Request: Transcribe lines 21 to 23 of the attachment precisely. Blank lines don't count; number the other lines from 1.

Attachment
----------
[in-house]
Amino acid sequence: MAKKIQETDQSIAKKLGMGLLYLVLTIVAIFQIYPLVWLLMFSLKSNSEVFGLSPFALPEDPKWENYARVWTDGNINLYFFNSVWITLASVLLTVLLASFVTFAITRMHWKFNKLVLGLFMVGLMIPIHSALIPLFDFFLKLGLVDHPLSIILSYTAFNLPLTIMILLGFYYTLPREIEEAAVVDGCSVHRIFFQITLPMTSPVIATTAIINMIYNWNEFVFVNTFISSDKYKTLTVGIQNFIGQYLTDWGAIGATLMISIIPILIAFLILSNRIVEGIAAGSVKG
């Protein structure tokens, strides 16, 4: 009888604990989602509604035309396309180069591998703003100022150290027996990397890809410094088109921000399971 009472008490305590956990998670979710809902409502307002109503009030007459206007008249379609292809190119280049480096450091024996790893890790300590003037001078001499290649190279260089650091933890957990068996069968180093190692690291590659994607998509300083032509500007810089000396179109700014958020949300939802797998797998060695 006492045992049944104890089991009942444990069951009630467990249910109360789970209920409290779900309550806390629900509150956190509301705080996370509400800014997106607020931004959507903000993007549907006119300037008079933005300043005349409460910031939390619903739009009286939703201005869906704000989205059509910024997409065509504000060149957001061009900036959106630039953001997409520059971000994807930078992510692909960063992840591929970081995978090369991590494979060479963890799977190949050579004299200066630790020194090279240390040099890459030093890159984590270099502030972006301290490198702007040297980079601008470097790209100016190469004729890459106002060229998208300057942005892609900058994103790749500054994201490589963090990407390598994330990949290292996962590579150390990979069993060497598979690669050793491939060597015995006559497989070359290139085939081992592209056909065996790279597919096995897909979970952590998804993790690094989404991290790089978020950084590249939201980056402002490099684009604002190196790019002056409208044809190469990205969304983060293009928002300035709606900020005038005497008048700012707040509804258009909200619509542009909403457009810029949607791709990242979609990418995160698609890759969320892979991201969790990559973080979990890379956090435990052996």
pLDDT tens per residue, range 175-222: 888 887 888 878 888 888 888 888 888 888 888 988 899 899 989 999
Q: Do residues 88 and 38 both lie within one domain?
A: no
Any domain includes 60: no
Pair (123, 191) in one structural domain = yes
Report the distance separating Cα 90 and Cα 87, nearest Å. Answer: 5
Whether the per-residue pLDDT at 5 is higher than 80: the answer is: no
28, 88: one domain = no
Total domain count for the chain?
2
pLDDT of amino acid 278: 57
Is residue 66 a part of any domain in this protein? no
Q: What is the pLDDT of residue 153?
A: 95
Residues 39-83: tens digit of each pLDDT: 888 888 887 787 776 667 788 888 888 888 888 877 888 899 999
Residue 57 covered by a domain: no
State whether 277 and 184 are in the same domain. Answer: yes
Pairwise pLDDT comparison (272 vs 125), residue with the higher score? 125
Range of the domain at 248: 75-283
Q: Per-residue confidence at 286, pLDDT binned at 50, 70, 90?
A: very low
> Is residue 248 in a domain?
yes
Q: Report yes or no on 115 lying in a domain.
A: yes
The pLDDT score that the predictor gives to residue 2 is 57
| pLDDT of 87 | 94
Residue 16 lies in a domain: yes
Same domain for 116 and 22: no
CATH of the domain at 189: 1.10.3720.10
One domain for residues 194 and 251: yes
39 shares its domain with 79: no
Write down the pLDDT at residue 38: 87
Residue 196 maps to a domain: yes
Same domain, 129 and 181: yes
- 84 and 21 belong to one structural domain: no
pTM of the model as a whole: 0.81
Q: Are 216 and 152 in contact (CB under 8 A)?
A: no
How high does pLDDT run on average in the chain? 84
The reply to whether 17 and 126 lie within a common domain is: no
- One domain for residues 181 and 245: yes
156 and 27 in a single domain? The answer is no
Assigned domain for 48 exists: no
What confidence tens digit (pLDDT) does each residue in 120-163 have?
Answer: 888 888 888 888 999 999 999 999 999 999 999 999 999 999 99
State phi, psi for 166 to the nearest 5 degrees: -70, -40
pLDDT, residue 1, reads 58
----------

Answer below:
Pairwise pLDDT comparison (272 vs 125), residue with the higher score? 125
Range of the domain at 248: 75-283
Q: Per-residue confidence at 286, pLDDT binned at 50, 70, 90?